Screening and brief intervention for alcohol problems, delivered during routine patient visits to their doctor’s office, can be just as effective as common preventative measures like childhood immunizations and advising patients to take aspirin to reduce the risk of stroke or heart attacks. But few doctors screen patients for alcohol, the Health Behavior News Service reported Jan. 8.
Brief alcohol interventions are among the top five most cost-effective preventatives, researchers said, and are at least as effective as Pap smears or bowel-cancer screenings. In a review of multiple studies, screening was credited with reducing problem drinking by an average of 17.4 percent over time periods ranging from six months to two years. Each 10-minute screening costs about $10, the authors said.
However, only 8.7 percent of people with drinking problems reported receiving any screening or advice from their primary-care physician, researchers said.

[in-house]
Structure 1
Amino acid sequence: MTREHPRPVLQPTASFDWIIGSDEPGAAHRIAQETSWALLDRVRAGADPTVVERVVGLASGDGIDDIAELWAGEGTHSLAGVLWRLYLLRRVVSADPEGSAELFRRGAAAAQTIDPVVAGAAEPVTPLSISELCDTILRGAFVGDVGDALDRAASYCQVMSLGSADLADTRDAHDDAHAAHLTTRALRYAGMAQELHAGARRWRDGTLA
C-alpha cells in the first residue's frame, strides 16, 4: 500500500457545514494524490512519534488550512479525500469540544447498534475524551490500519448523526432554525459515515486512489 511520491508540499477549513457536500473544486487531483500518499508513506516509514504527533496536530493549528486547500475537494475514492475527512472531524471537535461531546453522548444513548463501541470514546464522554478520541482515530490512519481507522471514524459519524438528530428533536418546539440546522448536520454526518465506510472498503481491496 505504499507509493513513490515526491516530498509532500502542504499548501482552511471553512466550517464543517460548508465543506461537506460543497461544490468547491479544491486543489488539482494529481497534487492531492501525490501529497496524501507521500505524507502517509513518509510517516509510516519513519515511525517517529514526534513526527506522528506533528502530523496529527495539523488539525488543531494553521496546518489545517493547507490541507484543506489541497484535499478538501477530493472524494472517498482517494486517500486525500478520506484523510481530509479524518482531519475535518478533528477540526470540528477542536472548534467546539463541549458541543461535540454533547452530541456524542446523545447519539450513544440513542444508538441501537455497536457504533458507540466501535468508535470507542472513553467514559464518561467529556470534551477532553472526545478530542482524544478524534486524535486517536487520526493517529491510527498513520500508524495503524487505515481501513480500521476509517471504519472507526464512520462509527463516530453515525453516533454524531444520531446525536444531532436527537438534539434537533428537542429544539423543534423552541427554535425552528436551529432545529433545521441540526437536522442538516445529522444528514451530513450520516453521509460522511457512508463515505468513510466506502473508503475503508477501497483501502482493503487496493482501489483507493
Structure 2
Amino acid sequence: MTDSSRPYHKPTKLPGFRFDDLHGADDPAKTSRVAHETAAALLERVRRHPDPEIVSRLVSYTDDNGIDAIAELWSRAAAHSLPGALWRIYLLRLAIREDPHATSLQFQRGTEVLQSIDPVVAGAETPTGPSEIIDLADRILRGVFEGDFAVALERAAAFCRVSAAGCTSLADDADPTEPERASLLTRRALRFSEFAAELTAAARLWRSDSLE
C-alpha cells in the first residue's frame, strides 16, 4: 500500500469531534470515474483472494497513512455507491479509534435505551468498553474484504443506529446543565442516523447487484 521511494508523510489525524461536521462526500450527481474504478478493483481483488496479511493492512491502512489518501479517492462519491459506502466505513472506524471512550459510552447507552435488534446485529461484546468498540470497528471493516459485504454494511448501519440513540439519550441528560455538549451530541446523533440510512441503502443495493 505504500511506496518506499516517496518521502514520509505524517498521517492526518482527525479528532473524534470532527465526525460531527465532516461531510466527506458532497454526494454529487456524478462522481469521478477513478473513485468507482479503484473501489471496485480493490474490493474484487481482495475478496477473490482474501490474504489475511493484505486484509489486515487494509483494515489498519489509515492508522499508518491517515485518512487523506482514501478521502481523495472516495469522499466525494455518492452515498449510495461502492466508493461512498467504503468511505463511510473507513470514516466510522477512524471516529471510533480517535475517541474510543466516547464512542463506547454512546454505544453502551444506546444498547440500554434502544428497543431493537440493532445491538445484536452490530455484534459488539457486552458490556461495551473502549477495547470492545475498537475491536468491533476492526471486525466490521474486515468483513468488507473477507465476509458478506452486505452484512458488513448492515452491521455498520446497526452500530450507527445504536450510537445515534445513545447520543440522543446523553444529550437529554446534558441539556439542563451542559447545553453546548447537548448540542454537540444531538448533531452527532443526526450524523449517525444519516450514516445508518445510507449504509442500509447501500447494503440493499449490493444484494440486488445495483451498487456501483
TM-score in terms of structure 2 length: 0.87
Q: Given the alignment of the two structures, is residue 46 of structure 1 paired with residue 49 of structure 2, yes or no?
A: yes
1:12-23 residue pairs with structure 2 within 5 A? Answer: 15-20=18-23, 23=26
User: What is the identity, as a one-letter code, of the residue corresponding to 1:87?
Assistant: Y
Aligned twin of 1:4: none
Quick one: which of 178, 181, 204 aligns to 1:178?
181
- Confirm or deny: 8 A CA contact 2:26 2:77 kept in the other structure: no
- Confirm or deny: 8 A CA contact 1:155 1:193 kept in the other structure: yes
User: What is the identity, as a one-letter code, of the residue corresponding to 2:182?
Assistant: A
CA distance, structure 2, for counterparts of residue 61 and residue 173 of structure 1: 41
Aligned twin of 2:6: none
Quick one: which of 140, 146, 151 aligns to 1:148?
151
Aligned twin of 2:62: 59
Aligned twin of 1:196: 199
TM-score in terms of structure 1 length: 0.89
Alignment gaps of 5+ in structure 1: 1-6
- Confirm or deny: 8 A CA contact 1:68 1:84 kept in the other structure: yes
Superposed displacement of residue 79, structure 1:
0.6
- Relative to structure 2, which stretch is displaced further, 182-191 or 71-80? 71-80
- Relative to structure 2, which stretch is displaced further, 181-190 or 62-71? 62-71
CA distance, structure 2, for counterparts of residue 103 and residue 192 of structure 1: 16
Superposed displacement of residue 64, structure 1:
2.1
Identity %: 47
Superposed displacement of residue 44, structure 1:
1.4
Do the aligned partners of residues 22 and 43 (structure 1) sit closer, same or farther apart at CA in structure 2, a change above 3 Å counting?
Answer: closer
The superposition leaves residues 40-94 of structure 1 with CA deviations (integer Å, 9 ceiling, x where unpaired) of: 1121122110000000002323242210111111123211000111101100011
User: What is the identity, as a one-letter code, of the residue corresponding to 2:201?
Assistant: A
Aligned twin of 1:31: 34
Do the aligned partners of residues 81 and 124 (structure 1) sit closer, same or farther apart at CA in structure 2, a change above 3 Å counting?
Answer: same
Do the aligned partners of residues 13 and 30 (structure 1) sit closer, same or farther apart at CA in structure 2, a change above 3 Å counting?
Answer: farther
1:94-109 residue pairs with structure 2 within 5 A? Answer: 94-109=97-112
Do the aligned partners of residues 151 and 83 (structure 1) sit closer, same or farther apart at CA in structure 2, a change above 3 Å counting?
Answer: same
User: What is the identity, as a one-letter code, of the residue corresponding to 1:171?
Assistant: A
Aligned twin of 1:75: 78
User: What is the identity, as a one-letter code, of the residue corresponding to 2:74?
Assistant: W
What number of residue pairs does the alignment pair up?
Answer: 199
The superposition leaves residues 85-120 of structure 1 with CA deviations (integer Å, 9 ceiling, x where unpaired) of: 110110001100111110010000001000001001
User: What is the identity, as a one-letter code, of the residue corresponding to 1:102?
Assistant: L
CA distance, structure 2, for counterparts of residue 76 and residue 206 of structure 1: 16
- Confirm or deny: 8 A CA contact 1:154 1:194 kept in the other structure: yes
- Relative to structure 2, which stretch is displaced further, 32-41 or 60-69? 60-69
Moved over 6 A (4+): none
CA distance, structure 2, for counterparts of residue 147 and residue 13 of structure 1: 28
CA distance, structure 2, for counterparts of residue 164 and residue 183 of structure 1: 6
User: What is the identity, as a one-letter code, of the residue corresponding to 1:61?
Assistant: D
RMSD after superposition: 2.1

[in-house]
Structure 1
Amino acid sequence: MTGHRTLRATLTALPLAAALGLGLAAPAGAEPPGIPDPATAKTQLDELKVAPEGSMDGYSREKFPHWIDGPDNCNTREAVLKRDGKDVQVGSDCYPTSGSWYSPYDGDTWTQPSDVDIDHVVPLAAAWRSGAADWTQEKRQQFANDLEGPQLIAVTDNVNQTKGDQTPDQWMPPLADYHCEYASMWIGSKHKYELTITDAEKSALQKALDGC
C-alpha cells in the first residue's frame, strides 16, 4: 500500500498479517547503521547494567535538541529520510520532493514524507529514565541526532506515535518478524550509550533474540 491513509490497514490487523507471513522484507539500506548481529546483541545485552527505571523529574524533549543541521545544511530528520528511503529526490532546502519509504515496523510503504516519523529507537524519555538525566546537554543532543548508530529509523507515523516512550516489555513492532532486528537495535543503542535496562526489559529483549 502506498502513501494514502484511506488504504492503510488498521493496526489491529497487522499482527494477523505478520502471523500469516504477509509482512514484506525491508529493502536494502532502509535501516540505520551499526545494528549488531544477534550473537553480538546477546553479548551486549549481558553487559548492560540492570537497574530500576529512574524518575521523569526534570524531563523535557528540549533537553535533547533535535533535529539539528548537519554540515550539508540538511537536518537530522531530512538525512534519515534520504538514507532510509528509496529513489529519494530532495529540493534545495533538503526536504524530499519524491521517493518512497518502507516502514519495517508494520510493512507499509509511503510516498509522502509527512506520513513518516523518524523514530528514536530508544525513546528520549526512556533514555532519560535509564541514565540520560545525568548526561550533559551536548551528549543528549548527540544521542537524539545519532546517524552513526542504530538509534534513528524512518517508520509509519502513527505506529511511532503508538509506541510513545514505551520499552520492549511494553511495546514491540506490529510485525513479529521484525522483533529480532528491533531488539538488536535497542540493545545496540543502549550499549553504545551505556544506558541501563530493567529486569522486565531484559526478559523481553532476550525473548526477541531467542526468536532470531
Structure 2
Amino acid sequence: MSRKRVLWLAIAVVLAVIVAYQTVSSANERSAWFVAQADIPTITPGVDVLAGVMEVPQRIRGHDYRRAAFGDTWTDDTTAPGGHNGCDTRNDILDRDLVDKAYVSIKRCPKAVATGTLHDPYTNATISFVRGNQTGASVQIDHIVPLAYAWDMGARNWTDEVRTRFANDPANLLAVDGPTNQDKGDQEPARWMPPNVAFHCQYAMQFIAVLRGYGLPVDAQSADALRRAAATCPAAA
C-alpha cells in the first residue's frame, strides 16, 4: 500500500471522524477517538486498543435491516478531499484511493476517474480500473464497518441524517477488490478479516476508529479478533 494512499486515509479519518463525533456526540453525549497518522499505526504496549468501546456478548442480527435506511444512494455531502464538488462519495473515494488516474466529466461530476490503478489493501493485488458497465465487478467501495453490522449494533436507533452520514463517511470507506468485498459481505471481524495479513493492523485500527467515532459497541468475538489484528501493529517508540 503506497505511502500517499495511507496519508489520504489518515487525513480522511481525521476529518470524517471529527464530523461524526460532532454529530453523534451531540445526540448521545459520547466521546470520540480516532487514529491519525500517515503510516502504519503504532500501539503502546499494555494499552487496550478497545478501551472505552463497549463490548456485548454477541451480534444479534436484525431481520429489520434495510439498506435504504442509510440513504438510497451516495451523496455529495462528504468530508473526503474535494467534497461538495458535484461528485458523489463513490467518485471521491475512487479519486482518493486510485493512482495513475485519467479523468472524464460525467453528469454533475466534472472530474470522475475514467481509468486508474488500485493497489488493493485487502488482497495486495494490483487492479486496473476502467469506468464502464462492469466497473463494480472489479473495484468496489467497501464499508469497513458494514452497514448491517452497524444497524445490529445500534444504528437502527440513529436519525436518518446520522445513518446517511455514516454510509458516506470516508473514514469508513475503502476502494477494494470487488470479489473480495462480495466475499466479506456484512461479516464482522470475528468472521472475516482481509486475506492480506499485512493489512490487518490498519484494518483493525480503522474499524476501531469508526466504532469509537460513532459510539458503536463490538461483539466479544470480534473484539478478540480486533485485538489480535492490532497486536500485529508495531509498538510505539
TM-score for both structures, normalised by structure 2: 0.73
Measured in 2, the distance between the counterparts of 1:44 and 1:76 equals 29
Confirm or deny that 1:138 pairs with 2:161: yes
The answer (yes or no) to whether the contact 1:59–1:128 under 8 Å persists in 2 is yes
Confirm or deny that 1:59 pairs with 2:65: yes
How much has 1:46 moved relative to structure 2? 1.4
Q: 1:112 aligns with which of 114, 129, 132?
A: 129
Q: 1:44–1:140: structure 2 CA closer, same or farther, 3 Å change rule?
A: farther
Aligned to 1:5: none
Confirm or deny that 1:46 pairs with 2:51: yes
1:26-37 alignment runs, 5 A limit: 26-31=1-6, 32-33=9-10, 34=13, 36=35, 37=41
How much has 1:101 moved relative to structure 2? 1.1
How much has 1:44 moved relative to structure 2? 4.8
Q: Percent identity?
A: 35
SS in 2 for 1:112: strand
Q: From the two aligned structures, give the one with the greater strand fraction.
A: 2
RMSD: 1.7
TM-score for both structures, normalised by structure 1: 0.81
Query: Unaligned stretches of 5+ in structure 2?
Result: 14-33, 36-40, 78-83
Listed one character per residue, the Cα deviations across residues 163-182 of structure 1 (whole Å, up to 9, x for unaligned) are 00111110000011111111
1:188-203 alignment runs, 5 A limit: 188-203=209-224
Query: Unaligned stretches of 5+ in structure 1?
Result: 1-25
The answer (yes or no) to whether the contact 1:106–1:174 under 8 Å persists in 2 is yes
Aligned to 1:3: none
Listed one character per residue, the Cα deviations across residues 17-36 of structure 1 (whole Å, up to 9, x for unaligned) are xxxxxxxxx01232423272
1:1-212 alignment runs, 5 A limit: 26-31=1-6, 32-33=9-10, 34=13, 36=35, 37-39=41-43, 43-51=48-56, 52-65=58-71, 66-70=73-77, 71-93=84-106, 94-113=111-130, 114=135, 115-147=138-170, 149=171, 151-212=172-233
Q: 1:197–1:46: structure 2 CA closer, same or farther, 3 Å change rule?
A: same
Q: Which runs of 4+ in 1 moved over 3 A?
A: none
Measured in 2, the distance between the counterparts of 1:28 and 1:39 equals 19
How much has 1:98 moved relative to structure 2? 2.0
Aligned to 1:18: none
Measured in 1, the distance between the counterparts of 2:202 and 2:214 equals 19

“I think most of my fellow physicians would think that their impact on alcohol use is close to zero,” said lead author Leif Solberg, M.D., associate medical director for care improvement research at Health Partners in Minneapolis, Minn.
“Alcohol screening and brief therapy are very cost-effective compared to other recommended medical services, yet they are employed least often of any of them,” added Alex DeLuca, M.D., former chief and medical director of the Smithers Addiction Treatment and Research Center in New York.
The research appears in the February 2008 issue of the American Journal of Preventive Medicine.